He may not be quite as well-known as Jack Antonoff or Pharrell Williams, but Blake Mills is every bit as talented a producer. All three have a knack for putting their collaborators’ personalities front and center while coaxing colorful and wonky sounds out of them: Antonoff’s work with Taylor Swift bears little resemblance to his work with Lana Del Rey or even Lorde, while Williams’ countless hit productions (with and without Chad Hugo, his partner in The Neptunes) all feel distinct. Likewise, Mills has worked behind the boards on records by Alabama Shakes, John Legend and Perfume Genius in recent years, challenging each one to think outside whatever box they’d drawn for themselves. But when it comes to their solo careers, the amiably bland “indie” pop Antonoff makes as Bleachers does nothing for me, and Williams’ insufferable corniness only reminds me why we all stopped listening to Will Smith when the kids who grew up on “Parents Just Don’t Understand” became parents themselves.
But Mills brings the same care to his own work as he does to his productions for others, assembling his own colorful and wonky sounds into deceptively simple songs, and the eleven songs that Mills presents on Mutable Set are his moodiest and most understated yet. It’s similar to Elliott Smith’s Kill Rock Stars releases, or even Mark Hollis’ lone solo album, in that—synthesizers aside—the album is predominantly acoustic without necessarily sounding stripped-down. Opening track “Never Forever” begins with placid synthesizer tones and a muted saxophone before taking shape around Mills’ crisp acoustic guitar; it isn’t long before he folds in his own voice, an electric piano, and percussion that sounds more like idle hands knocking on a desktop than an actual drum set. On the rare occasion when Mills does add an electric guitar to the mix, as on standout “Vanishing Twin,” it almost sounds like something else—a distorted saxophone, perhaps—and serves as more of a textural element than a melodic one. It may be the one song on the album that could wake a sleeping housemate, but it never feels cluttered, or even loud.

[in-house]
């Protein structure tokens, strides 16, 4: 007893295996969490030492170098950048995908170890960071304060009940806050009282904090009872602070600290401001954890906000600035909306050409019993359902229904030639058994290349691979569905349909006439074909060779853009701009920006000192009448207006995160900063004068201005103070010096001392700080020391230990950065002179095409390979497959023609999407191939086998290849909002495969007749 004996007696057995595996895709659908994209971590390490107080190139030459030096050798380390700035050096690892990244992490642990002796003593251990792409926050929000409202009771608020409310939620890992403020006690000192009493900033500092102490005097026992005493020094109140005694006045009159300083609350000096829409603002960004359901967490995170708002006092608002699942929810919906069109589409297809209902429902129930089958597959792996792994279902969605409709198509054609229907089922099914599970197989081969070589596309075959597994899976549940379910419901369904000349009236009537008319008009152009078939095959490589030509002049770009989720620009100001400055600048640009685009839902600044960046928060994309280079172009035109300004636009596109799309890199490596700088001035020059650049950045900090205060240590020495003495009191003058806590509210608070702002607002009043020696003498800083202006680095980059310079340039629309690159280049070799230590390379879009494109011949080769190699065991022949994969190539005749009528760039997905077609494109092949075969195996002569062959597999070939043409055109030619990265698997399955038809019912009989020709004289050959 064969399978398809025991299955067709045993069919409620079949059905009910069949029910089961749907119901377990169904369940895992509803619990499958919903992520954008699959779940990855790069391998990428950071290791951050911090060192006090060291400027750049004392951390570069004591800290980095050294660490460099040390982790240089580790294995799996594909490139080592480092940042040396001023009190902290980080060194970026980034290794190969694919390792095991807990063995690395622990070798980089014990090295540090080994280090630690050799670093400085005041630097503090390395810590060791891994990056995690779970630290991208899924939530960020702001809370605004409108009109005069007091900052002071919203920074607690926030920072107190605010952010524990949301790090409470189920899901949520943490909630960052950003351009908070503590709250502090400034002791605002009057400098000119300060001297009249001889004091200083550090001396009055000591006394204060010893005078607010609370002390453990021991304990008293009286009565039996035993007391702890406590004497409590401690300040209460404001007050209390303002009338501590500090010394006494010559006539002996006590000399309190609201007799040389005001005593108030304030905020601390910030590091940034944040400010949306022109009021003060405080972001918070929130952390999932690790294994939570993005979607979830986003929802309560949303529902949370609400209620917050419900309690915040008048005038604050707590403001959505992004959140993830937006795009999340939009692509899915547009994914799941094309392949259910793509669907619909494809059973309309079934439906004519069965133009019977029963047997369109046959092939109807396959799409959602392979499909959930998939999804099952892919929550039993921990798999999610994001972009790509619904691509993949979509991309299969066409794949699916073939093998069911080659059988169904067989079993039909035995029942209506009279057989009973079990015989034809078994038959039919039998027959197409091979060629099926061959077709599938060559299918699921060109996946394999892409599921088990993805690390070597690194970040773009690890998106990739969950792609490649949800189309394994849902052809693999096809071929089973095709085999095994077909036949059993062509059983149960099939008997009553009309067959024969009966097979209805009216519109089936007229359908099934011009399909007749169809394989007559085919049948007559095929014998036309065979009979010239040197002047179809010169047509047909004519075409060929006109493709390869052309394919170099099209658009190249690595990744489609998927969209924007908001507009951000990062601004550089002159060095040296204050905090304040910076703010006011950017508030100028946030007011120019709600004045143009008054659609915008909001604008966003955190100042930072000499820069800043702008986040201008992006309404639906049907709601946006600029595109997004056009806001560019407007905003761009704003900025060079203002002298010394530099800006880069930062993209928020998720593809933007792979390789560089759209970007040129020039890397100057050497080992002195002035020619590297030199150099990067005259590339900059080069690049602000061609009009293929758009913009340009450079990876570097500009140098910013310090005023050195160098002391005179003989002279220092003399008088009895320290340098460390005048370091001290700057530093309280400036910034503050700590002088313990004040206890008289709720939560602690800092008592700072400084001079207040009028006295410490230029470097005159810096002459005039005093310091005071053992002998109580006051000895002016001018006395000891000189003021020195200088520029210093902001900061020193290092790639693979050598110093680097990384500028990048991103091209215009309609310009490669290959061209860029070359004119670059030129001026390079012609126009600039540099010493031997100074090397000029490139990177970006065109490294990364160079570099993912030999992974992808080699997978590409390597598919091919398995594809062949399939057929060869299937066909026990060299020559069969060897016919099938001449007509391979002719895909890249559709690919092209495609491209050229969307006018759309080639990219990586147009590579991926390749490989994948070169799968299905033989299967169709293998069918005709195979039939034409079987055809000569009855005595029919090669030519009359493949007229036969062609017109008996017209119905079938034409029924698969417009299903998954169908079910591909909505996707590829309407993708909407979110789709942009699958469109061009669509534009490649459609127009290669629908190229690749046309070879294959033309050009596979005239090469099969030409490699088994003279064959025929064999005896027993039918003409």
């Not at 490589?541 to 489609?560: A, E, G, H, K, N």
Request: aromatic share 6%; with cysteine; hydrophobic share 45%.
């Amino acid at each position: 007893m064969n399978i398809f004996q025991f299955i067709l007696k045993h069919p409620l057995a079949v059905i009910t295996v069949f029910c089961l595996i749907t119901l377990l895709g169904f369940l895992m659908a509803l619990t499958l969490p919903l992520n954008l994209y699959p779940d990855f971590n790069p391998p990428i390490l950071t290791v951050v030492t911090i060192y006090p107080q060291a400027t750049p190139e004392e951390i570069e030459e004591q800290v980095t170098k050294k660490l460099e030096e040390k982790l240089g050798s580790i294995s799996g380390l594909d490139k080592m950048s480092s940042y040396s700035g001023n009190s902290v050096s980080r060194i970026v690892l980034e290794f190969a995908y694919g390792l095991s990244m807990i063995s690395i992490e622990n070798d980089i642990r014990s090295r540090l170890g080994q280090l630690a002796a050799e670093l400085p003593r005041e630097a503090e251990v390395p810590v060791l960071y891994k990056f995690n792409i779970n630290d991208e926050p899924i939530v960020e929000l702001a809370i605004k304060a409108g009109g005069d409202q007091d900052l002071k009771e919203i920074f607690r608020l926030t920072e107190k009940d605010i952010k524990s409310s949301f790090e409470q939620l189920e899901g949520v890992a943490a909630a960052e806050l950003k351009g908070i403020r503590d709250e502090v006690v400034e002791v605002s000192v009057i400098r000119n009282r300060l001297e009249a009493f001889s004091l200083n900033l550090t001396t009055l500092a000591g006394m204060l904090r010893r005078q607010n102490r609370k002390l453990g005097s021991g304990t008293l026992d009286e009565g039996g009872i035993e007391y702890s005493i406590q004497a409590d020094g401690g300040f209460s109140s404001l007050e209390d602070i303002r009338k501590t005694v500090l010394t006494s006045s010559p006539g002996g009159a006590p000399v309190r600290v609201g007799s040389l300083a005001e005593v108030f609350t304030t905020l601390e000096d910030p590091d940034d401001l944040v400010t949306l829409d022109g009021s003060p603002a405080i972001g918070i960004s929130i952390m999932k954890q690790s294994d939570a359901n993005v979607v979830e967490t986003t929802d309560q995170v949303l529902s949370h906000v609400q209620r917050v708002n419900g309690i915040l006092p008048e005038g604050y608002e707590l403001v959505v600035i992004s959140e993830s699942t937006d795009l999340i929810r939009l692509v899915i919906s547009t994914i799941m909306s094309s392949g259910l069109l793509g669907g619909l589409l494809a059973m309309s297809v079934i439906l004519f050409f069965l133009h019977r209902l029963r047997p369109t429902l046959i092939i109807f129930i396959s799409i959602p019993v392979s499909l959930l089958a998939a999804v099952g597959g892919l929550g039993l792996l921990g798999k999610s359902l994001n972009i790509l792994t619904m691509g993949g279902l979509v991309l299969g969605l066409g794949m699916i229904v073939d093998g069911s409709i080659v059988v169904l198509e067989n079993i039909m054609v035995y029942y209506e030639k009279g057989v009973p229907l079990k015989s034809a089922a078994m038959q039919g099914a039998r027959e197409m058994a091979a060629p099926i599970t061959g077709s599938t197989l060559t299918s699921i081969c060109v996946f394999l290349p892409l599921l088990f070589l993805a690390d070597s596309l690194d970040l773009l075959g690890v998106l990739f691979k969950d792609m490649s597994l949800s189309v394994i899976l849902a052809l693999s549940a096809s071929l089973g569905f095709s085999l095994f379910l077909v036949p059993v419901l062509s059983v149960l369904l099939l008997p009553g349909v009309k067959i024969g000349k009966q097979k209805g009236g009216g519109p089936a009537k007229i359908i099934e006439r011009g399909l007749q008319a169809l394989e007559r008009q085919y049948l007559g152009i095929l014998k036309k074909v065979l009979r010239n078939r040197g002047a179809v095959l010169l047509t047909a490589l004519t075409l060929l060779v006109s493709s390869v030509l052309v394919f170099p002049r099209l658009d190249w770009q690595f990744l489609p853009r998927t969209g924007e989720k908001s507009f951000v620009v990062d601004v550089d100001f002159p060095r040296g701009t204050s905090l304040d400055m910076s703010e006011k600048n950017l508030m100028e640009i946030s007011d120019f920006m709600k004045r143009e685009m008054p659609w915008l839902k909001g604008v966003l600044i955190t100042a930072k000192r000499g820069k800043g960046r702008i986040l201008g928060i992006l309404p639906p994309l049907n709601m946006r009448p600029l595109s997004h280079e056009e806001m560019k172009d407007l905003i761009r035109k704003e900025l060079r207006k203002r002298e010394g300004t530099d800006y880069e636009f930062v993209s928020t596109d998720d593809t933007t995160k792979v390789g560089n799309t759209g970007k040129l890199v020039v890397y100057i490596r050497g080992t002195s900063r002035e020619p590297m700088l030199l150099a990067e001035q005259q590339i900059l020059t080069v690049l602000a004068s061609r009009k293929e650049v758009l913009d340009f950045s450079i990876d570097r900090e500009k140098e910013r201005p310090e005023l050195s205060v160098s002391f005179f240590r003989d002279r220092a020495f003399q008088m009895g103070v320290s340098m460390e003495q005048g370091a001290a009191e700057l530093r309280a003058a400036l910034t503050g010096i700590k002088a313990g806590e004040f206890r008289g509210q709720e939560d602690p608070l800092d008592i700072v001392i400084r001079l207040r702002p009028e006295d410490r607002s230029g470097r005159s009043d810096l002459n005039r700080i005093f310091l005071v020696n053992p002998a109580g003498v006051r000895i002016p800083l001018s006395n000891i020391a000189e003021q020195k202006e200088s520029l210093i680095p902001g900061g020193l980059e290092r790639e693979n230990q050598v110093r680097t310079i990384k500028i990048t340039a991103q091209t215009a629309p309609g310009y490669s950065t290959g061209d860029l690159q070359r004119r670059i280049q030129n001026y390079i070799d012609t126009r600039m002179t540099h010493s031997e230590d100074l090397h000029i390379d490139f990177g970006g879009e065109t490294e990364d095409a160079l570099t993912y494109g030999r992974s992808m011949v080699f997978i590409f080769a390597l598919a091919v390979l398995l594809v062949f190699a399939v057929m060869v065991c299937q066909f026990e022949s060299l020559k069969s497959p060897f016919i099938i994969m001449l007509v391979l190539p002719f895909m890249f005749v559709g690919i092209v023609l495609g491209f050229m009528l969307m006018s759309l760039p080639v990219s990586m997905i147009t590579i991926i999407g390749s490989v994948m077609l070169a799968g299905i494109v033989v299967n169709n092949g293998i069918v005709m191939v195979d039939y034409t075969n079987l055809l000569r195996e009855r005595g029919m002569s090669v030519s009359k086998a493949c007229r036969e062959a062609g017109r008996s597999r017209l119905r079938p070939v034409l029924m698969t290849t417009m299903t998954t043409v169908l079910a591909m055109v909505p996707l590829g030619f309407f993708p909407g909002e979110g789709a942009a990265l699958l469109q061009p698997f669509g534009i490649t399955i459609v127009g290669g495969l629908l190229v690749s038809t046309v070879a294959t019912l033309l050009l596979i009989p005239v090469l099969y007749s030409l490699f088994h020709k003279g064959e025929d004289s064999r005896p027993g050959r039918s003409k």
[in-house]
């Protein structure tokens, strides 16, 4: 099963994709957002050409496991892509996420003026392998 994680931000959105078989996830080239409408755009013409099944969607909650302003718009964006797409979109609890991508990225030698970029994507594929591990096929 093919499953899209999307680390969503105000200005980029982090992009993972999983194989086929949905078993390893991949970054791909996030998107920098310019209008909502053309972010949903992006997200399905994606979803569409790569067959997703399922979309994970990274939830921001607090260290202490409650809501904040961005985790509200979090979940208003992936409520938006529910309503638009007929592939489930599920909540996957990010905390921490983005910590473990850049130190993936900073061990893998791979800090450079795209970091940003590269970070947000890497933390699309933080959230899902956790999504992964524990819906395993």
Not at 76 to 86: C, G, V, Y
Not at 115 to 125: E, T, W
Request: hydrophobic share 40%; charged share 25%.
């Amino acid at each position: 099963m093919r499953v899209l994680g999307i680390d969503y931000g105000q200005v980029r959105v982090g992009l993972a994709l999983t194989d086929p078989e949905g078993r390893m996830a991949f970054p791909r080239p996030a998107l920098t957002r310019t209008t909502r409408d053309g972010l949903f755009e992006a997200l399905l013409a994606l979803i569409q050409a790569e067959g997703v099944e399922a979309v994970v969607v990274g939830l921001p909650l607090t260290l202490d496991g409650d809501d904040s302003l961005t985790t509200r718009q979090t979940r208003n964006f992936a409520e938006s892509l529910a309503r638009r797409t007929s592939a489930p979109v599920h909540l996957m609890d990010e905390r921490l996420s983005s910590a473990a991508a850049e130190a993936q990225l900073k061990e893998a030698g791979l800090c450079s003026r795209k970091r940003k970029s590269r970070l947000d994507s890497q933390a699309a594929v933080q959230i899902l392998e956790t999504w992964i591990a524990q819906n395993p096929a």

Mills also sings in a manner similar to Smith and Hollis, which is to say he murmurs as much as he actually sings. While this obviously makes sense given the overall sound of Mutable Set, it also enhances the intimacy of the lyrics, which are contemplative but at times a bit zoned-out—the kind of thoughts that might come to you a weekend clouded by rain, cannabis smoke or plain old loneliness. (Six of the album’s songs were co-written by Cass McCombs, no stranger to sounding lost in thought in his own work.) “Life eats life / Dog eats dog / Who are we / To say it’s wrong?” he muses on the fleetly finger-picked “Eat My Dust.” I don’t believe the title of “Farsickness” is a word but Mills sings it with a quiet sense of longing, and fills the song with other evocative turns of phrase—“purple in the trees,” “a single piece of sushi made from porcelain,” “an endless stair”—that paint an impressionistic portrait of melancholy.
Even when Mills is singing about something more concrete, it feels abstract. If the brooding and bluesy “Money Is the One True God” is meant to be some sort of protest song, it’s almost too subtle, as if its title alone is meant to be understood as an indictment of capitalism. “Summer All Over” is more effective, imagining a winterless world devastated by climate change. He laments, but does not rage against, the loss of time and love respectively on “Never Forever” and “Window Facing a Window”: “They say that modern man / And modern woman / Have a short attention span but / My life is wasting,” he coos on the former, and sketches vivid, tactile details like barren gardens and faded photographs on the latter.
With Mutable Set, Mills has elegantly bridged the gap between the more straightforward singer-songwriter fare of his first two albums and the alien ambience of Look, his 2018 EP, crafting a series of songs that’s unlike anything else you’re likely to hear in 2020. (Even Perfume Genius’ new Set My Heart on Fire Immediately, produced by Mills, offers its own completely different set of colorful and wonky sounds.) And even if it doesn’t herald a radical reshaping of pop the way Williams and Antonoff’s work did in years past, it’s a rewarding collection that cements Mills’ place as one of the most distinctive producers in recent years. It just so happens that he’s an excellent editor of his own work, too.
Label: New Deal/Verve